So why is it that there are still inequalities in tennis? That women cannot be seen as players - only as female players. The prime example being the one that went viral during Wimbledon recently, with a reporter calling Sam Querrey the first American player to reach a Slam semi final since 2009 which is p ridiculous when, as well as the Williams sisters, there have been Madison Keys and Coco Vandewegh. They are tennis players too, despite being women. This sort of 'casual' sexism is one of the worst kinds, people don't even notice that they are essentially oppressing women. Sascha Zverev recently claimed that his dad was the only parent coach to coach two of his children to the top 25, when Serena and Venus Williams' dad was just inducted into the Tennis Hall of Fame for coaching them both to the world number one top spot. And Sascha is young, only twenty, part of the millennial generation who are and should be fighting for equality, yet makes this sort of mistake and forgets that women's tennis is also tennis.

Before I start, let's go over one of the prime examples and a little bit of tennis jargon you're gonna need to understand this post. The ATP and the WTA. If you don't follow tennis, aka nearly all of my readers, the ATP is the organisation responsible for hosting the men's tennis tour and essentially looking after male players, and the WTA is the organisation responsible for the same duties for the women's tour and female players. ATP stands for Association of Tennis Professionals, and WTA stands for Women's Tennis Association.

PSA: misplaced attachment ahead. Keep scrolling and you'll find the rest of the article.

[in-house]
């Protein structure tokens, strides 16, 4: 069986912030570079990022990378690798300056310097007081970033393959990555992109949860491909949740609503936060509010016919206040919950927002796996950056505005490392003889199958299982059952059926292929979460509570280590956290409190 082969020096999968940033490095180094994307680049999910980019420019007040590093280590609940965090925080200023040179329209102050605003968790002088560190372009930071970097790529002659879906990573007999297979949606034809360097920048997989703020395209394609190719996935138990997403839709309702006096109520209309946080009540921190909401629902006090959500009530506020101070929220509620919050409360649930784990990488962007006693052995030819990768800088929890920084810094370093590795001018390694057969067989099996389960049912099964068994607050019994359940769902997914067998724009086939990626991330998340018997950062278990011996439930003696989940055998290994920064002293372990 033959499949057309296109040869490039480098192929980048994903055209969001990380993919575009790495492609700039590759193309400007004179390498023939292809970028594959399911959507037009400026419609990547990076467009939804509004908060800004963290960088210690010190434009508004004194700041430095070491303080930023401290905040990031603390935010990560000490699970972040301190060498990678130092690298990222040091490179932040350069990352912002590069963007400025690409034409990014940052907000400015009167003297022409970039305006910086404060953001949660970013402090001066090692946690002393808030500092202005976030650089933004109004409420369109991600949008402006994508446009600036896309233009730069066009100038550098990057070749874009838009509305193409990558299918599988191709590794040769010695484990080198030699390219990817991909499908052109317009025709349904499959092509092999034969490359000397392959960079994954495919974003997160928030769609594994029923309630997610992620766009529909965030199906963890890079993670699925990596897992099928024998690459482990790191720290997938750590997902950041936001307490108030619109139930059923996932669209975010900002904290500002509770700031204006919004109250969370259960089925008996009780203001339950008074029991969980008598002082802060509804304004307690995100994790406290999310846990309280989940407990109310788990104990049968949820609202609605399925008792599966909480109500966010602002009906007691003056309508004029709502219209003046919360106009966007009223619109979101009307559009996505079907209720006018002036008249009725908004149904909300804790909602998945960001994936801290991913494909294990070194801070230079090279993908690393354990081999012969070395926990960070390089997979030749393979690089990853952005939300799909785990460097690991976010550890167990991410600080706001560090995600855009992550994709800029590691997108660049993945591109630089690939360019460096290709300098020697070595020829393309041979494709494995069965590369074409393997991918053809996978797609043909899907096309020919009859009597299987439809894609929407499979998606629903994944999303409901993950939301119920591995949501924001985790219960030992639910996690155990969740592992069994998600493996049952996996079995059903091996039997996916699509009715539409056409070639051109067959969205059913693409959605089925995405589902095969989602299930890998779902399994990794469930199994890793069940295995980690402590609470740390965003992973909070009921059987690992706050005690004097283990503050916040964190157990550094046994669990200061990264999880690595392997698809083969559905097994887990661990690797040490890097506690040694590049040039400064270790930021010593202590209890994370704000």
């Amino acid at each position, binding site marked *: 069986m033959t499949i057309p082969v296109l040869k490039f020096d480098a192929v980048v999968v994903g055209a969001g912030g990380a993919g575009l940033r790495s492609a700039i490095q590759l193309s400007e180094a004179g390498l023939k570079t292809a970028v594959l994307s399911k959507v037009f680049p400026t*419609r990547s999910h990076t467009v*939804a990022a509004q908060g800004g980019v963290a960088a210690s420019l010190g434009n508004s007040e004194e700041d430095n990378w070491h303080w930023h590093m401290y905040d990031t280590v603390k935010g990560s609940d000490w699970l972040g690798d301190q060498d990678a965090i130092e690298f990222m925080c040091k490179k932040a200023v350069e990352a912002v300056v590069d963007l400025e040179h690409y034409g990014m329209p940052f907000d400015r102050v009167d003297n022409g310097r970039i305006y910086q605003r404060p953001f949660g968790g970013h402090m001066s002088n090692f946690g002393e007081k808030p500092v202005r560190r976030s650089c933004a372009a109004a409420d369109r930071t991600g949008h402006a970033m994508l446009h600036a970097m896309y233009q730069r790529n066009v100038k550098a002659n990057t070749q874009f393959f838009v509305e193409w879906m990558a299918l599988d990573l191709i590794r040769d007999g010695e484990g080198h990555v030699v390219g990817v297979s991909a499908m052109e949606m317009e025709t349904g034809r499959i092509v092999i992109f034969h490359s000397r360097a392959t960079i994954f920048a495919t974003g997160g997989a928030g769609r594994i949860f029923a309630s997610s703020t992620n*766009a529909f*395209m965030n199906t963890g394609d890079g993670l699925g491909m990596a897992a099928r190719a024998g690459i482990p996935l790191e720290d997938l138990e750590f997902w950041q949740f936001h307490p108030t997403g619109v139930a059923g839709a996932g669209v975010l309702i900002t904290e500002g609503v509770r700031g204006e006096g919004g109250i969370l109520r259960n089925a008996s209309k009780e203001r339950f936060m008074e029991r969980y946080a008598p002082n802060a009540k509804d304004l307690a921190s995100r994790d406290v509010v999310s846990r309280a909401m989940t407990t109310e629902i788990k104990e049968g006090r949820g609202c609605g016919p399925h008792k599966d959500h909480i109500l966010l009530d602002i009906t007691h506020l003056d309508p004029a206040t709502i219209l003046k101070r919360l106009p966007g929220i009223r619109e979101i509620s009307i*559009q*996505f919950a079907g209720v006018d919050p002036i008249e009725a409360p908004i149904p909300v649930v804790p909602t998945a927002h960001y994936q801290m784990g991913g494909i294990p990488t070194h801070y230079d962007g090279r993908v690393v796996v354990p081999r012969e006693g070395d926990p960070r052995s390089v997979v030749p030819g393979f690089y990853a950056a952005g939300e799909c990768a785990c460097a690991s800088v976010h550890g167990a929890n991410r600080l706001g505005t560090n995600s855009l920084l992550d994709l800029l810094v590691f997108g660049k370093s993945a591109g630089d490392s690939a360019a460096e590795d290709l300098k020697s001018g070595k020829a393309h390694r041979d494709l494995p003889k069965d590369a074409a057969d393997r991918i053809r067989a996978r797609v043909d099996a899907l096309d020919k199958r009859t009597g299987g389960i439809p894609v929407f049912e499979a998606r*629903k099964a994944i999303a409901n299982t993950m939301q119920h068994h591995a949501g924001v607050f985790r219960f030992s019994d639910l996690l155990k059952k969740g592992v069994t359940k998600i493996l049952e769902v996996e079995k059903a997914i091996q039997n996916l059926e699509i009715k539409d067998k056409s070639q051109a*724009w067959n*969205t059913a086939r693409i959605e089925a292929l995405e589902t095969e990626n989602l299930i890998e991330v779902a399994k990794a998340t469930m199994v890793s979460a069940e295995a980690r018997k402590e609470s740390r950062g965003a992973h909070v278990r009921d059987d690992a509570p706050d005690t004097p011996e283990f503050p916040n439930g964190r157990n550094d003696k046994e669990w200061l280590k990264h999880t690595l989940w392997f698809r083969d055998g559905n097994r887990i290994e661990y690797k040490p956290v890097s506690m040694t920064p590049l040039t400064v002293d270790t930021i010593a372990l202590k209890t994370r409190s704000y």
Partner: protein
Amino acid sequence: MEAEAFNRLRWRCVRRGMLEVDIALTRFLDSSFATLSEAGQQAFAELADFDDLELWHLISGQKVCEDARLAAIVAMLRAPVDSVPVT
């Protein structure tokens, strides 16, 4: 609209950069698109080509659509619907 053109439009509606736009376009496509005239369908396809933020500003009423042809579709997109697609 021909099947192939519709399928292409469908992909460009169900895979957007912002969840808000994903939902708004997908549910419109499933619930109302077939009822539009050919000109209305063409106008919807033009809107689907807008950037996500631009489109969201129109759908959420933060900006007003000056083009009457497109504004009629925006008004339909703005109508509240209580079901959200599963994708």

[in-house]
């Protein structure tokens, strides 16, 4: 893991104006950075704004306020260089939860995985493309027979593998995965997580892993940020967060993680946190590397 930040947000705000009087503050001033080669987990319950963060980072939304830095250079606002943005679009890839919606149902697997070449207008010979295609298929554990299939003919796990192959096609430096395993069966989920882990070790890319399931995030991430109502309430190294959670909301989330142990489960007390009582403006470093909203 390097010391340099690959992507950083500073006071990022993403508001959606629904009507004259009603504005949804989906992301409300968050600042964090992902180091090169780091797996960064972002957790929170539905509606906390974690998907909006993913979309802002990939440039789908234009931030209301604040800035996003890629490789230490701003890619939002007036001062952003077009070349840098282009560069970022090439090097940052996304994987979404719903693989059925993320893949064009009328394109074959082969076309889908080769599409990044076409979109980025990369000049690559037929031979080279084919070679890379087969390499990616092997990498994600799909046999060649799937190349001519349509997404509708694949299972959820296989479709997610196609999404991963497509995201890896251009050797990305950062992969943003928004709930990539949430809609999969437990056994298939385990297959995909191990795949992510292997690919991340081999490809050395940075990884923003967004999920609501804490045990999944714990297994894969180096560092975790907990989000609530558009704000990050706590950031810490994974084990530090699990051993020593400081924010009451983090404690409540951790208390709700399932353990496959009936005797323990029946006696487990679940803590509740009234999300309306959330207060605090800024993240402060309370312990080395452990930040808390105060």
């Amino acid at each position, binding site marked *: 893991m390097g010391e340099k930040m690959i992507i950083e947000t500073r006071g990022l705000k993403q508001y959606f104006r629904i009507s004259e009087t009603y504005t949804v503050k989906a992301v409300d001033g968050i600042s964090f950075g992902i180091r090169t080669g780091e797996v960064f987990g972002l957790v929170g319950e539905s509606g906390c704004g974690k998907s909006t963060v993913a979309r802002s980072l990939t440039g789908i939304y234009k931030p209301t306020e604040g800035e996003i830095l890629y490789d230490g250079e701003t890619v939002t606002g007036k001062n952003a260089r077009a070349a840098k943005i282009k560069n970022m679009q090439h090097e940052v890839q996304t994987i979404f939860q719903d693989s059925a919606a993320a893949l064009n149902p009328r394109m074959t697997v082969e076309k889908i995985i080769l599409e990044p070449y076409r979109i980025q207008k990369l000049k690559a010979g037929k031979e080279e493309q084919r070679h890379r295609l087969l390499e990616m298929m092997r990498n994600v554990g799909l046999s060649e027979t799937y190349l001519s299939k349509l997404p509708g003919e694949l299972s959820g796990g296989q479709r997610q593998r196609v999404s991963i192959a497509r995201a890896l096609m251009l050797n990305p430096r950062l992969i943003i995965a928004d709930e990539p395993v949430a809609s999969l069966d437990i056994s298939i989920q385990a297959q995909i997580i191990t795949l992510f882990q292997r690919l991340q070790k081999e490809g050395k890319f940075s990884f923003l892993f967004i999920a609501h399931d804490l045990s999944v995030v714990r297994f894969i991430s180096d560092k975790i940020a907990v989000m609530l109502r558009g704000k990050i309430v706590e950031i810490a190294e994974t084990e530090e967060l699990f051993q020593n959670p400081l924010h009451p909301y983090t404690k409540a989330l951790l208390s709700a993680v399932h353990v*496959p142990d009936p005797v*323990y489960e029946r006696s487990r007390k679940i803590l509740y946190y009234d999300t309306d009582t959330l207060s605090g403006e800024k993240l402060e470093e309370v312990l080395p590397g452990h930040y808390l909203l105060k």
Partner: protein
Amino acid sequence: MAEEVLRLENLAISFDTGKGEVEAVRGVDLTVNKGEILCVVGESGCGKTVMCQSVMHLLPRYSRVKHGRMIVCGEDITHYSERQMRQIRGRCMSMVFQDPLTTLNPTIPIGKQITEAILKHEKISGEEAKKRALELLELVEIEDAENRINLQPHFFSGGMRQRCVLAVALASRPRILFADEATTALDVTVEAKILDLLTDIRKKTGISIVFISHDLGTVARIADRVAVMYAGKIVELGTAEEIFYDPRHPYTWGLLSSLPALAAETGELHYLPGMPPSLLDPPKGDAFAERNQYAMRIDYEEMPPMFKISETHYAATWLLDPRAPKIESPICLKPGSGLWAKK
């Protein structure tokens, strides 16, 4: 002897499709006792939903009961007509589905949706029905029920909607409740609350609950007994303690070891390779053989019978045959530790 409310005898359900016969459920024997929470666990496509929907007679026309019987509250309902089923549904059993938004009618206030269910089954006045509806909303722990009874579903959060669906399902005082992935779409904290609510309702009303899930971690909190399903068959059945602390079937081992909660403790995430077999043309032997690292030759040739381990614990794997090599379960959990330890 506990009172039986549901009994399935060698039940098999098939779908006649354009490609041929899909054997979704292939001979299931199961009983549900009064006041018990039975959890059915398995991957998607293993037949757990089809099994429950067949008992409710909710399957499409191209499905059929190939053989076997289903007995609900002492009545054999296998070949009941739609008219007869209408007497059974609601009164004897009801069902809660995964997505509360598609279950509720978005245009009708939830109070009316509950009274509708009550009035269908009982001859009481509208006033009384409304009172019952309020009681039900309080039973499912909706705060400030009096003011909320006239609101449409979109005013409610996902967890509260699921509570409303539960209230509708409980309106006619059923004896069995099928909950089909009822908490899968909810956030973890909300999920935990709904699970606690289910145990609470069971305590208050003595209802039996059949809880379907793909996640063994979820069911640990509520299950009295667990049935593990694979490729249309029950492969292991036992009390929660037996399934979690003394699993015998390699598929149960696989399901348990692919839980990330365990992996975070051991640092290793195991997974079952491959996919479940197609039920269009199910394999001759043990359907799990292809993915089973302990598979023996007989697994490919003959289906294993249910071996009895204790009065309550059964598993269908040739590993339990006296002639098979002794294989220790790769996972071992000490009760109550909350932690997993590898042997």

Why the hell are we addressing male tennis players as professionals and their female counterparts as women? Calling them women is fine, just call the men 'men' too. This sounds like a reach but it's subtle sexism at its finest. In a sport that is empowering for women.



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Women still get paid less, though not in every tournament. I've only seen Wimbledon and the upcoming US Open winners prize amounts for 2017 and the men and women singles winners, as well as men's doubles and women's doubles winners, receive the same amount. (Also, sidebar, why are doubles paid way less than singles when they also gotta split the money in half?).

The recent Citi Open tournament in Washington had the most disgusting pay gap between the men and women. The Citi Open is both an ATP and WTA tournament, open to both genders, although in terms of the points awarded to players as they progress through the tournament, it has a higher points value for the man than the women. In these situations, pay is often slightly higher for the tour in which it is worth more points which is a given, as the higher the value of the tournament, the higher ranked players will play it, drawing more money / views / sales for the tournament. Somewhere that attracts, say, half of the men's top 20 players but only ten out of the women's top 50 players will pay the men more,  but not to the extent at which Washington went to.